A Rooppur Nuclear Power Plant costing Bangladesh $12.65 billion; however, the actual amount for this project will still be unknown until it becomes fully operational.

Similarly, Dhaka City Metro Rail Project reached $3.3 billion while the genuine estimates were of $2.1 billion only.

Another factor behind this crisis is the crashing of banking sector due to boundless default of loans.

The central bank claimed that total amount of defaulted loans was $11.11 billion which was contradicted by IMF saying the actual amount is even more than double. Likewise, the corruption in power sector has full hands in triggering this economic crisis.

In a period between 2010-2021, Power Development Board received $7.1 billion, while Bangladesh Petroleum Corporation received $3 billions between 2010-2015. Regrettably, these gigantic amounts were not fully spent on power generation.

Similarly, capital flight from the country also caused this crisis. According to Global Finance Integrity Report, in a period between 2009 and 2018, an ample amount of $8.27 billion was illegally laundered to Swiss Banks annually by mis-invoicing the values of import and exports.

In 2022, it has been increased by 55. 1% reaching 871 million. As per the views of economists, Bangladeshi Taka has effectively slid against the US dollar by approximately 20% in just past three months.

Moreover, due to Russia-Ukraine war, imports jumped to 39% and exports could hardly grow 34% during the fiscal year ended on June 30.

Currently, numerous austerity measures are being taken in order to alleviate economic woes.

The Cabinet Secretary Khandker Anwarul Islam said, in Bangladesh most Schools are closed on Fridays but now will also close on Saturdays to reduce electricity usage amid concerns over rising fuel prices.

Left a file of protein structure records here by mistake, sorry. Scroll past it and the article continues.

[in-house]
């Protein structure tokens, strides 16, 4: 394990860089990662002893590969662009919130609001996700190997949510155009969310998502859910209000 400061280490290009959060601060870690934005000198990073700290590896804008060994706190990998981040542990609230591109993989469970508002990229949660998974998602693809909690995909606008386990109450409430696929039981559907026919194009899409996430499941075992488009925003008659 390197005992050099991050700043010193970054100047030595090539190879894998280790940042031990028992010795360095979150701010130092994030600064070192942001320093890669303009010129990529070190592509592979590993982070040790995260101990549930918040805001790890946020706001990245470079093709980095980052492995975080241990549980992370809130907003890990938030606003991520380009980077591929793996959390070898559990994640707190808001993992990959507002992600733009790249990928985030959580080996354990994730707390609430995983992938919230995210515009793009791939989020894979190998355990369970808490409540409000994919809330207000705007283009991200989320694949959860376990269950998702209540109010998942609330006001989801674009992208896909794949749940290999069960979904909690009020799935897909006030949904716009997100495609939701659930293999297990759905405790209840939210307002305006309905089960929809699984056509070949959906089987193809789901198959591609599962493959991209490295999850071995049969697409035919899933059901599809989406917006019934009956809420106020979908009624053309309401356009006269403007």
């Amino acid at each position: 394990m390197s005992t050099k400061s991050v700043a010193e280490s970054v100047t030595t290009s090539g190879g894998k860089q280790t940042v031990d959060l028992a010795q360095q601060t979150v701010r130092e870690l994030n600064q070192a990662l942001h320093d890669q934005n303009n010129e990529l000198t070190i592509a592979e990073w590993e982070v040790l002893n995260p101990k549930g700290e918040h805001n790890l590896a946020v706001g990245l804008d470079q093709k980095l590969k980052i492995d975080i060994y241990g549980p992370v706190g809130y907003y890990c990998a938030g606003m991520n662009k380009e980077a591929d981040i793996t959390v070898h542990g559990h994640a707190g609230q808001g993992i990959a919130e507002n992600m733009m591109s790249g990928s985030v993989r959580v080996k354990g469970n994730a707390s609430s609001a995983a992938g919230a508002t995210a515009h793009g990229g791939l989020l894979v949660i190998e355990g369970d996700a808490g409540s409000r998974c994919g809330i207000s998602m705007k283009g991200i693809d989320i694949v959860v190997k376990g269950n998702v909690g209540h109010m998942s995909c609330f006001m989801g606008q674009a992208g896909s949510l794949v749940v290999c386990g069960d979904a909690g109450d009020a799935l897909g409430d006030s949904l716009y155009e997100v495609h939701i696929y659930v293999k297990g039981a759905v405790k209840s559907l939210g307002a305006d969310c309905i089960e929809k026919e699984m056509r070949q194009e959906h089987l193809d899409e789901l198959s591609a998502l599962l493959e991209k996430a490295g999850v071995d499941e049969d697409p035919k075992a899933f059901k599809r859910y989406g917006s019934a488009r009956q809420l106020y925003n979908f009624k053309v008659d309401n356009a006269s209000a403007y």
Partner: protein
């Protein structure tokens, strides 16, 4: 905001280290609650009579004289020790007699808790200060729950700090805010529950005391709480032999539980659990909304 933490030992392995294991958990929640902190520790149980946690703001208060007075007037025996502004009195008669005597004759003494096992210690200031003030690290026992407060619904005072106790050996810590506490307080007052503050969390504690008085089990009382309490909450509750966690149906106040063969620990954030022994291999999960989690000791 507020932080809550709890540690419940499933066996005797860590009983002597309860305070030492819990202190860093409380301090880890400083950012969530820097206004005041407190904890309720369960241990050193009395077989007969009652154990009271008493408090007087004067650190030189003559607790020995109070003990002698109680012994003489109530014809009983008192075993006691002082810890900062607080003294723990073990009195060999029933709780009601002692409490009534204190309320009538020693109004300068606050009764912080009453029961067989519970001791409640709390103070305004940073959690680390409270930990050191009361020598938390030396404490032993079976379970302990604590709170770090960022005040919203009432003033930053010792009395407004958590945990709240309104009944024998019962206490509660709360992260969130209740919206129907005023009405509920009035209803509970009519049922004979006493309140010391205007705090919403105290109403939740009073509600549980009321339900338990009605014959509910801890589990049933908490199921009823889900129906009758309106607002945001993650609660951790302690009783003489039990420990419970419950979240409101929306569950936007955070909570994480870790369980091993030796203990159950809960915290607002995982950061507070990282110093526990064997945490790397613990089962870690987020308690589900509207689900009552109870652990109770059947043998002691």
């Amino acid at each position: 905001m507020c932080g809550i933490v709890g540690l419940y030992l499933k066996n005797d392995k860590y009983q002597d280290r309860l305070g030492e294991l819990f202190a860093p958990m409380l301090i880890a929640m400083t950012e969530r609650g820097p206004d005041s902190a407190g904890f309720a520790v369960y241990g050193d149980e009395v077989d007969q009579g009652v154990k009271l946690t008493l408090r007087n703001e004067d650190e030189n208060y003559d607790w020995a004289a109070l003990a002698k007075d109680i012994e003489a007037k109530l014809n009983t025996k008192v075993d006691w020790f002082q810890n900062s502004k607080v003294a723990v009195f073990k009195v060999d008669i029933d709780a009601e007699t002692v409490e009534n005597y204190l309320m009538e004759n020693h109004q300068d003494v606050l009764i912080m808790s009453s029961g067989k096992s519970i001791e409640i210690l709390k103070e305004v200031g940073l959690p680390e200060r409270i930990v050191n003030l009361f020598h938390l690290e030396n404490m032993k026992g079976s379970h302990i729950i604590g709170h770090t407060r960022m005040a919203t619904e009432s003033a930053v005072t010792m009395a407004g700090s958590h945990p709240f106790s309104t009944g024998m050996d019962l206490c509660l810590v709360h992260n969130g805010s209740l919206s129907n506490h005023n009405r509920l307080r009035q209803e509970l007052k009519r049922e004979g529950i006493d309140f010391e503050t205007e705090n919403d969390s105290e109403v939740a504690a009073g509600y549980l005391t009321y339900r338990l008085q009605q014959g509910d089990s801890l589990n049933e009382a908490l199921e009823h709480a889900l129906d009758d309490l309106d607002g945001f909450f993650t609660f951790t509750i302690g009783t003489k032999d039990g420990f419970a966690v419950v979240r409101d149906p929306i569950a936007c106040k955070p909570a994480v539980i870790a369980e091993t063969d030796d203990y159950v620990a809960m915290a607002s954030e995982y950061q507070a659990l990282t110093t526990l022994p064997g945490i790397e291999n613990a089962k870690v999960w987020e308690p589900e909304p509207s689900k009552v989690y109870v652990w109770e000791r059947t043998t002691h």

Government offices will cut their workdays to seven hours from eight hours but private offices will be allowed to set their own schedules.

Tens of thousands of mosques around the country have been asked to curtail their use of air conditioners to ease pressure on the electricity grid.

In addition to electricity rationing, diesel power plants across the country accounting for 1500 megawatts of generation capacity have been taken off the grid.

In order to overcome the lengthiest blackouts in the country, government is struggling to source enough diesel and gas to meet the demand.

As per reports, the government is planning to hold negotiations with Russia for oil deals in order to mitigate energy crisis.

Country’s leading newspaper, The Daily Star has reported that Bangladesh has sought a bailout package of $4.5 billion from the International Monetary Fund in order to cope with mounting pressure on its economy.

Funds will specifically be used for balance of payment and budgetary needs to bolster its big garment-exporting industry, said Finance Minister A H M Mustafa Kamal.

To encapsulate, if deal is struck between IMF and Bangladesh as IMF says it is ready to support Bangladesh after loan request, Bangladesh will certainly be in a secure position to escape this impending economic crisis to not to meet the fate what Sri Lanka met.

Furthermore, Bangladesh needs to revisit its economic policies according to the changing global trends and should focus on diversification of its economy in order to repel such mishaps.

—The writer is a contributing columnist from Gujranwala.